George MacDonald Fraser

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George MacDonald Fraser OBE FRSL (2 April 1925 – 2 January 2008) was a Scottish author who wrote historical novels, non-fiction books and several screenplays. He is best known for a series of works that featured the character Flashman.

See also: Harry Paget Flashman (Flashman book series)


Quartered Safe Out Here (1992)[edit]

  • I must emphasise that at private soldier level you frequently have no idea where you are, or precisely how you got there, let alone why.
    • p. xv.
  • ...a reluctance to recognise that today's safety and comfort were bought fifty years ago by means which today's intelligentsia find unacceptable, and from which they wish to distance themselves.
    • p. xxiii-xxiv.
  • You cannot, you must not, judge the past by the present; you must try to see it in its own terms and values, if you are to have any inkling of it. You may not like what you see, but do not on that account fall into the error of trying to adjust it to suit your own vision of what it ought to have been.
    • p. xxiv.
  • ...the standard arm was the most beautiful firearm ever invented, the famous short Lee Enfield.......She's a museum piece now, but I still see her on T.V. newsreels, in the hands of hairy, outlandish men like the Mujahedeen of Afghanistan and capable-looking gentry in North Africa, and I have a feeling that she will be loosing off her ten rounds rapid when the Kalashnikovs and Armalites are forgotten. That's the old reactionary talking: no doubt Agincourt die-hards said the same of the long bow.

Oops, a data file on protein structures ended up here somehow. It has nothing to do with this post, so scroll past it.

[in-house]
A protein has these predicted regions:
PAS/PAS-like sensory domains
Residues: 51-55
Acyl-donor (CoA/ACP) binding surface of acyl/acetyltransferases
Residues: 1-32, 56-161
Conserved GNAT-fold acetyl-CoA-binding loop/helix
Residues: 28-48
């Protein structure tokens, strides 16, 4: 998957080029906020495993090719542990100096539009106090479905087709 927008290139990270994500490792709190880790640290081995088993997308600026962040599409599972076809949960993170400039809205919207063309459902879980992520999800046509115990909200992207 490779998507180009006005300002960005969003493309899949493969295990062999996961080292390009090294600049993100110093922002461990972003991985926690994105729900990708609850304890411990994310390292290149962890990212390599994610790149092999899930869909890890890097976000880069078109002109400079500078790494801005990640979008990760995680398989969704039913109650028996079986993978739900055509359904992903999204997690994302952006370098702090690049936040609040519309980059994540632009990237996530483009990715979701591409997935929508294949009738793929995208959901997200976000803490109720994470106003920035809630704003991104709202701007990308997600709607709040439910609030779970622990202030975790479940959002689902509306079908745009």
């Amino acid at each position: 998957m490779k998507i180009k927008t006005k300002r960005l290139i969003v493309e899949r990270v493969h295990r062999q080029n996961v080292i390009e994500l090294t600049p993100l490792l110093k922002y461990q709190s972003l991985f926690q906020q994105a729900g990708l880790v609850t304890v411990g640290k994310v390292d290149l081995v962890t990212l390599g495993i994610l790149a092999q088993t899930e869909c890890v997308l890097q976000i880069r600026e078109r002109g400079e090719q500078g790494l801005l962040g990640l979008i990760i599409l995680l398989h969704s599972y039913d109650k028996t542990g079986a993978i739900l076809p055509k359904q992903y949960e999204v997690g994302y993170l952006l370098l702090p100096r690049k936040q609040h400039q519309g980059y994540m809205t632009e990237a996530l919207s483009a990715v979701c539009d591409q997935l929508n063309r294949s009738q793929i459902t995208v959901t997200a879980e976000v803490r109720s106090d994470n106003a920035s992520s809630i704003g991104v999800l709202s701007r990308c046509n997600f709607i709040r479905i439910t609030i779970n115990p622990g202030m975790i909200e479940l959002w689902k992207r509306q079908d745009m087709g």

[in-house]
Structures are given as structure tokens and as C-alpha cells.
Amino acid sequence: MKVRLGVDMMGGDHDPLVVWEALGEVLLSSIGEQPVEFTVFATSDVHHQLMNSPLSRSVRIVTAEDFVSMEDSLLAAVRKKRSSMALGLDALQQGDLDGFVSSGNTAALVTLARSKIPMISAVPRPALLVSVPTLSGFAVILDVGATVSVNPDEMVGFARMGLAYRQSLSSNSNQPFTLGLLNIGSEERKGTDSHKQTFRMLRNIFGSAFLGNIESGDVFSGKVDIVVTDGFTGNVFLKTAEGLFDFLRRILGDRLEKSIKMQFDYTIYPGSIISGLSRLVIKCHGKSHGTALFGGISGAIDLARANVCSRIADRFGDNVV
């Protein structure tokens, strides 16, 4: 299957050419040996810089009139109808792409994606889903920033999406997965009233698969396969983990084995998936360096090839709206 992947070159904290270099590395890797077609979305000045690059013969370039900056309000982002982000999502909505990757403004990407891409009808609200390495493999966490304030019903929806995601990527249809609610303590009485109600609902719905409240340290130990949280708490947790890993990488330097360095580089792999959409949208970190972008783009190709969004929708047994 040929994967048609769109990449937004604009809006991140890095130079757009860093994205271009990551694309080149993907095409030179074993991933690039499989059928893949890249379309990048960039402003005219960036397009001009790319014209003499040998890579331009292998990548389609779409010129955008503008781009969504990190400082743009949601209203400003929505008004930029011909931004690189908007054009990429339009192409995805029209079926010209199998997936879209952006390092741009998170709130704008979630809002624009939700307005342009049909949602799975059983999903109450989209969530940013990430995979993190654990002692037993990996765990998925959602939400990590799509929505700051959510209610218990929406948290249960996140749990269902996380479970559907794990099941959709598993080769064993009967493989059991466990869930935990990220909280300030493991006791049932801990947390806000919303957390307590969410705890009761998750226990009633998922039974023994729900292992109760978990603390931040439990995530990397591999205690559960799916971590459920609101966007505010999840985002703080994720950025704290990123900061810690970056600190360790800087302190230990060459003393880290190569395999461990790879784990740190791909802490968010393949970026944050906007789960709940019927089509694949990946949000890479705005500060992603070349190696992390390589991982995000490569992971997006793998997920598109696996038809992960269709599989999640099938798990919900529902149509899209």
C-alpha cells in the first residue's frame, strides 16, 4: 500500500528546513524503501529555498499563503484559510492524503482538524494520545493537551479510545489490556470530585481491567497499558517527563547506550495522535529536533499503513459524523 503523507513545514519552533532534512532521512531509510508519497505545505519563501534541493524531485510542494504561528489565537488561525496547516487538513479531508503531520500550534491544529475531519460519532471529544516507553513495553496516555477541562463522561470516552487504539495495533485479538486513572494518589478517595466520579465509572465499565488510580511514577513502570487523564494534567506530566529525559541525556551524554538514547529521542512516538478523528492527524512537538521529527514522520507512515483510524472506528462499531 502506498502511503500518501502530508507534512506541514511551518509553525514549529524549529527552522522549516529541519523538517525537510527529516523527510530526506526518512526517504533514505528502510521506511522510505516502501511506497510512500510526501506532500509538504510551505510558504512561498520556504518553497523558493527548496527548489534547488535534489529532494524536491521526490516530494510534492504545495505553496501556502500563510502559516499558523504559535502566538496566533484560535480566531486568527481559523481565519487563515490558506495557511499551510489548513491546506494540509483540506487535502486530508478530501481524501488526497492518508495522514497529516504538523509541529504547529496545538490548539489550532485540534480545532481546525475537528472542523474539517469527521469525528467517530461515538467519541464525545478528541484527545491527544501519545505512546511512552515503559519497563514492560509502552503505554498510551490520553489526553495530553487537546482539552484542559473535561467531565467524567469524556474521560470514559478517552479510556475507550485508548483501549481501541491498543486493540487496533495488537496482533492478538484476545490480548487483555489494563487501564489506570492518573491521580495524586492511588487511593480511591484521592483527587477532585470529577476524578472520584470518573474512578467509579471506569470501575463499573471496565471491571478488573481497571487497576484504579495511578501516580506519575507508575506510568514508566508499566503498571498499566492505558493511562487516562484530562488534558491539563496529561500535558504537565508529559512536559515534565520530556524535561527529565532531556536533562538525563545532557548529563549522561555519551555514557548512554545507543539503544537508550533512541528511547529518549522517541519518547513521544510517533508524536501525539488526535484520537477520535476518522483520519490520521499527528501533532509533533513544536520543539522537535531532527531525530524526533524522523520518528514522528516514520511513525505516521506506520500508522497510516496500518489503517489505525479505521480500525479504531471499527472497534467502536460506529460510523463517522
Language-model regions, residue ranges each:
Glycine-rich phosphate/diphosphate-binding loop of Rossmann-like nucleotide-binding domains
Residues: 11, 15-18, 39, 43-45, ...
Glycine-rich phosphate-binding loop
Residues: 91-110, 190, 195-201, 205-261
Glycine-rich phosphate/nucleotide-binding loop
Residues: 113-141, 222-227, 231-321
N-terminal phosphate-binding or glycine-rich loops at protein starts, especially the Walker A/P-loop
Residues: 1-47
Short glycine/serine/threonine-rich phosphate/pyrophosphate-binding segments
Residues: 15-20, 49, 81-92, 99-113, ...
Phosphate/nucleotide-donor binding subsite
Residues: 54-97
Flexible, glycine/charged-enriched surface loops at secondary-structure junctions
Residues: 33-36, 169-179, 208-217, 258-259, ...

• p. 29-30.
  • ...only those who have been really dry know that there is no drink like chaggle water, brackish, chlorinated, with a fine earthy silt at the bottom, pure Gunga Din juice. We hated it and would have sold our souls for it.
    • p. 32.
  • Another discovery was that the size and importance of an action is no yardstick of its personal unpleasantness. A big operation which commands headlines may be a dawdle for some of those involved, while the little forgotten patrol is a real horror.
    • p. 46.
  • Certainly no general [Slim] ever did more with less; in every way, he was one of the great captains.
    • p. 54.
  • Brewing up is not merely a matter of infusing tea; making the fire comes into it, and when you have lit and maintained fires in the monsoon, you have nothing more to learn. That came later; at Meiktila it was a simple business of assembling bamboo slivers, igniting them (no small thing, with Indian “Lion” matches which invariably broke and sprayed the striker with flaming phosphorus), and bringing about a gallon of water to the boil in the section brew-tin.  This was a jealously-guarded article, about a foot cubed, made by cutting a compo ration tin in two and piercing the rim for a handle of signal wire.  The casting in of the tea leaves from the section box was the crucial thing, followed by the ceremonial dropping in of two broken matchsticks to attract stray leaves; remove the tin from the heat, invite the guests to scoop out the brew with their piallas [“mugs” in Urdu], and tea was served, each man adding sugar and condensed milk to taste.
    • p. 77.
  • There are few sounds as menacing as a bayonet being fixed.
    • p. 109.